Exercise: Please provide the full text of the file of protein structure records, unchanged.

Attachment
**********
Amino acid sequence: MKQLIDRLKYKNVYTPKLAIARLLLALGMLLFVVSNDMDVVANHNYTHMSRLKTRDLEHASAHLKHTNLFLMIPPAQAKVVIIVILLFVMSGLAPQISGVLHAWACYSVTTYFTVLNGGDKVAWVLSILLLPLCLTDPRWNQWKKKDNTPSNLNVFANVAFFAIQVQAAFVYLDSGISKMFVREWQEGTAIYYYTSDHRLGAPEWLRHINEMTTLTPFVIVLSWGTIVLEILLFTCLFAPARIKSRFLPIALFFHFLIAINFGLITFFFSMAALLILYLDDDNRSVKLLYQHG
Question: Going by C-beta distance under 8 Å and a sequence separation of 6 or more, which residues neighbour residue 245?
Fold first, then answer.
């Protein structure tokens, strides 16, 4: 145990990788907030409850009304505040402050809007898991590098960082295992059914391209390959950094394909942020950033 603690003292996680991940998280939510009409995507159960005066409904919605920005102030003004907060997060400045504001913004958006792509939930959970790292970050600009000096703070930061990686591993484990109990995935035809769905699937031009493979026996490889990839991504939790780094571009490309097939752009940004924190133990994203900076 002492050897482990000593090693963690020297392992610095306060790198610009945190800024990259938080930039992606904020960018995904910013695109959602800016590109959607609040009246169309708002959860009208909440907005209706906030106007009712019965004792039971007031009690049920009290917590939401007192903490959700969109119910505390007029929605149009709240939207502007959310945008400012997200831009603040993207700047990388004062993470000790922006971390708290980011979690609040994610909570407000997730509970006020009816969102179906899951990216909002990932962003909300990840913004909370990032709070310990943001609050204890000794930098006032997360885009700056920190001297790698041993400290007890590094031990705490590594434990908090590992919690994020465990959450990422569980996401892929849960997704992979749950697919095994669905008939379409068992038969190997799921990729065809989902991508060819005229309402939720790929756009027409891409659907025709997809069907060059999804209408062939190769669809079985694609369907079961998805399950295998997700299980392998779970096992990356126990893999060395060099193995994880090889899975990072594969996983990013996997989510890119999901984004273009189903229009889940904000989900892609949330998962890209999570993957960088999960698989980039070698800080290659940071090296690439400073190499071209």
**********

Amino acid sequence: MKQLIDRLKYKNVYTPKLAIARLLLALGMLLFVVSNDMDVVANHNYTHMSRLKTRDLEHASAHLKHTNLFLMIPPAQAKVVIIVILLFVMSGLAPQISGVLHAWACYSVTTYFTVLNGGDKVAWVLSILLLPLCLTDPRWNQWKKKDNTPSNLNVFANVAFFAIQVQAAFVYLDSGISKMFVREWQEGTAIYYYTSDHRLGAPEWLRHINEMTTLTPFVIVLSWGTIVLEILLFTCLFAPARIKSRFLPIALFFHFLIAINFGLITFFFSMAALLILYLDDDNRSVKLLYQHG
Question: Going by C-beta distance under 8 Å and a sequence separation of 6 or more, which residues neighbour residue 245?
Fold first, then answer.
């Protein structure tokens, strides 16, 4: 145990990788907030409850009304505040402050809007898991590098960082295992059914391209390959950094394909942020950033 603690003292996680991940998280939510009409995507159960005066409904919605920005102030003004907060997060400045504001913004958006792509939930959970790292970050600009000096703070930061990686591993484990109990995935035809769905699937031009493979026996490889990839991504939790780094571009490309097939752009940004924190133990994203900076 002492050897482990000593090693963690020297392992610095306060790198610009945190800024990259938080930039992606904020960018995904910013695109959602800016590109959607609040009246169309708002959860009208909440907005209706906030106007009712019965004792039971007031009690049920009290917590939401007192903490959700969109119910505390007029929605149009709240939207502007959310945008400012997200831009603040993207700047990388004062993470000790922006971390708290980011979690609040994610909570407000997730509970006020009816969102179906899951990216909002990932962003909300990840913004909370990032709070310990943001609050204890000794930098006032997360885009700056920190001297790698041993400290007890590094031990705490590594434990908090590992919690994020465990959450990422569980996401892929849960997704992979749950697919095994669905008939379409068992038969190997799921990729065809989902991508060819005229309402939720790929756009027409891409659907025709997809069907060059999804209408062939190769669809079985694609369907079961998805399950295998997700299980392998779970096992990356126990893999060395060099193995994880090889899975990072594969996983990013996997989510890119999901984004273009189903229009889940904000989900892609949330998962890209999570993957960088999960698989980039070698800080290659940071090296690439400073190499071209």